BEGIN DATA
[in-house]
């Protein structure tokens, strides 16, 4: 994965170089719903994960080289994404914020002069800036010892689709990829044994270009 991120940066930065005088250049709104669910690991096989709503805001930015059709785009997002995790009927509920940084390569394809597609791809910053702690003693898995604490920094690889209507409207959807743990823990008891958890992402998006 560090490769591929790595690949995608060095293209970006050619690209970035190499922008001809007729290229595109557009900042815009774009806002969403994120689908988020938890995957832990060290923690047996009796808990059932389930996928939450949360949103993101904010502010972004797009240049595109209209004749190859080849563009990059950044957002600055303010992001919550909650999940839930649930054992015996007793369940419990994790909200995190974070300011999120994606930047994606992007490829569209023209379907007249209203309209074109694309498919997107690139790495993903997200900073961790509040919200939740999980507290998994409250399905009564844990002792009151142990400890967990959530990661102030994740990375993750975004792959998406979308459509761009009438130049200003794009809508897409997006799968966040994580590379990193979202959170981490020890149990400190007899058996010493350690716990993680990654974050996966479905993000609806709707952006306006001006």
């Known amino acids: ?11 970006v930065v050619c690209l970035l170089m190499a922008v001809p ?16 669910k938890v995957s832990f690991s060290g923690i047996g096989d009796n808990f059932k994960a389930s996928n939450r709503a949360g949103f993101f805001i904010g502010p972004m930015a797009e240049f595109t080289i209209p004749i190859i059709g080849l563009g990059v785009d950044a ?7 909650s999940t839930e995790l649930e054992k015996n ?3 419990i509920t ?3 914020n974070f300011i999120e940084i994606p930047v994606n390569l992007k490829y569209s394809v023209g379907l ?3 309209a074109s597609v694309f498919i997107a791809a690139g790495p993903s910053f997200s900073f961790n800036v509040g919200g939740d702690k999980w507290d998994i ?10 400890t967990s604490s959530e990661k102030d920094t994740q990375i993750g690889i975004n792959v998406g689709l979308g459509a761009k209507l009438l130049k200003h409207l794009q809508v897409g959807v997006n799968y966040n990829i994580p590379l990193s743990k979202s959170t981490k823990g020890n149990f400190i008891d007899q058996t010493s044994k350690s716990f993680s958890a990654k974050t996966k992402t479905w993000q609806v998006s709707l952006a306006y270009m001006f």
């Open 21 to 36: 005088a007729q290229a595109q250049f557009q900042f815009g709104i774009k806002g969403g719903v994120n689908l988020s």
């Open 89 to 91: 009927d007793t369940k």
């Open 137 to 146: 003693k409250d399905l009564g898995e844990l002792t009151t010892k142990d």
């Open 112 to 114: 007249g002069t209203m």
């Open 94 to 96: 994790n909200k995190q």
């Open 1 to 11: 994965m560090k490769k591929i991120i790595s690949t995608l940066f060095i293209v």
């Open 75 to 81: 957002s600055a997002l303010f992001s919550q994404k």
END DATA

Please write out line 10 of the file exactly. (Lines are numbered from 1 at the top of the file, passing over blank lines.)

């Open 75 to 81: 957002s600055a997002l303010f992001s919550q994404k």